That night, they stood up to their chests in water in a hole while they watched until the border guards changed shift. ‘That’s when we ran for it across the border and into a sewage tunnel, where I was told to wait.’

The man eventually returned in a taxi
that took Cesar to the American town of Chula Vista. For weeks, he slept
rough, sweeping floors and washing cars to get enough money to eat.
Then he got a job in a dog-grooming parlour – despite not speaking a
word of English – after demonstrating that he could calm a snarling
spaniel. The parlour’s owners even allowed him to sleep there.

taught himself English by listening to the radio. Two months later, he
moved to downtown LA. ‘My goal was Disneyland or Hollywood, the home of
Lassie and Rin Tin Tin – the dogs that inspired me to come to America,’
he says. ‘Our dogs on the ranch back home didn’t do tricks like them. I
found out later, of course, that there were lots of Lassies, lots of Rin
Tin Tins so the whole thing was fake.’

Actress Charlize Theron enjoying a walk on Malibu beach with her dog

Scarlett Johansson, an American actress with dog

Famous fans:  Charlize Theron and Scarlett Johansson have both paid Cesar Millan to help them with their pets

It was in LA that his reputation as a dog whisperer began to grow. ‘The LA Lakers played basketball nearby.  A lot of them had rottweilers and pit bulls that were causing problems, and  I started dealing with them,’ he says.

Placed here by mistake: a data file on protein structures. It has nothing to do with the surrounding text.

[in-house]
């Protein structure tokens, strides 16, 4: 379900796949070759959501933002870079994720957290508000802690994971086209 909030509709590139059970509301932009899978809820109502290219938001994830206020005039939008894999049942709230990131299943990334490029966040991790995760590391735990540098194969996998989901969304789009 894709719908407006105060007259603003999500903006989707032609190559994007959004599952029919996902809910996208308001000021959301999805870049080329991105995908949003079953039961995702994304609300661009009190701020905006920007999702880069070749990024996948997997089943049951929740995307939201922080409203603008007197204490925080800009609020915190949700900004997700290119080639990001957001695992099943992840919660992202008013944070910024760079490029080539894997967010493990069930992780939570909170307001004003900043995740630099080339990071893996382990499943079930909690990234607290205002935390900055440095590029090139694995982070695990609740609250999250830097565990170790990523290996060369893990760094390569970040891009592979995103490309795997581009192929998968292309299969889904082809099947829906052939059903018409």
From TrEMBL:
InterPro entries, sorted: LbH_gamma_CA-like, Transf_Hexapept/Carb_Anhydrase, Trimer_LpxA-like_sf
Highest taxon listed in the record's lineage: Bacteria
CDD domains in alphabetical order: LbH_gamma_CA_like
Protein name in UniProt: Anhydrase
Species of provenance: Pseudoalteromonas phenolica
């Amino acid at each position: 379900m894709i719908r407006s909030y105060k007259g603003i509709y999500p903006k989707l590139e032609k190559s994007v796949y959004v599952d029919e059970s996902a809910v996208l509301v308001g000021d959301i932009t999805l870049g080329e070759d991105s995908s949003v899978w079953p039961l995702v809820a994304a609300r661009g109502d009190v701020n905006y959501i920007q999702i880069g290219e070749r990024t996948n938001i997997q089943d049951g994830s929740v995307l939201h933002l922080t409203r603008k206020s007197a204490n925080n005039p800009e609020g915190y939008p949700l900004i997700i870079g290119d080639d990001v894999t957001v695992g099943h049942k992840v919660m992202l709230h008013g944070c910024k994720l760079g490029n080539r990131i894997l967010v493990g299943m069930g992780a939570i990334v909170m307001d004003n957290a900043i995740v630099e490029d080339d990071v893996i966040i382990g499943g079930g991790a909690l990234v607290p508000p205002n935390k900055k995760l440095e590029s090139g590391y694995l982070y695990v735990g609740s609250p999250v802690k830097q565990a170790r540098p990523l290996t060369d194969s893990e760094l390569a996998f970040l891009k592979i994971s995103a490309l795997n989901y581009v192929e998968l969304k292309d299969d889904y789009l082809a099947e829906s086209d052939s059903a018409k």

Music producer Tony Spoon heard about Cesar and asked him to train his rottweiler, Kanji. Spoon’s friend Jada Pinkett – Hollywood actress and  Mrs Will Smith – was so impressed she asked if he would train a dog for her.

‘She wanted me to see her two rottweilers who were pretty much out of control. She introduced me to Will, but I didn’t know who he was, either. It was only when the movie Independence Day came out [in 1996] that I realised who  I was dealing with.

‘Will’s animals had received plenty of affection but no direction. They lived in a fabulous house but they were frustrated. They needed good, long walks. I also taught them discipline when it came to eating. A dog’s natural tendency when there’s food around is to keep checking that another dog isn’t about to take it from him. They’re very competitive. So I clicked my fingers and made them concentrate on the dog bowl in front of them.’

Cesar’s fame was spreading. Nicolas Cage asked for help with his dogs. Scarlett Johansson asked him to help her mother’s wayward bulldog,  then her own timid chihuahua. Charlize Theron needed to train a rescue pit bull. Then Oprah Winfrey mentioned on her show that her dog, Sophie, had started biting other dogs. ‘We made contact with her office and it all went from there,’ he says. ‘In the human world, Oprah is a leader. But in the animal world, she isn’t.’

And that is a position Cesar seems very keen to hold for himself – however controversially.

Cesar Millan will be touring the UK with his seminar from April. Details are at

Aggressive techniques are exciting for TV – but terrible for the animals

By Beverly Cuddy, Editor of Dogs Today

When the American Navy wanted to train
dolphins  for military purposes, they quickly picked up on the  fact
that rewards work a lot better than punishment. It’s all there in the
history books of animal training, but it doesn’t make for good TV.

Cesar Millan is a showman. He presents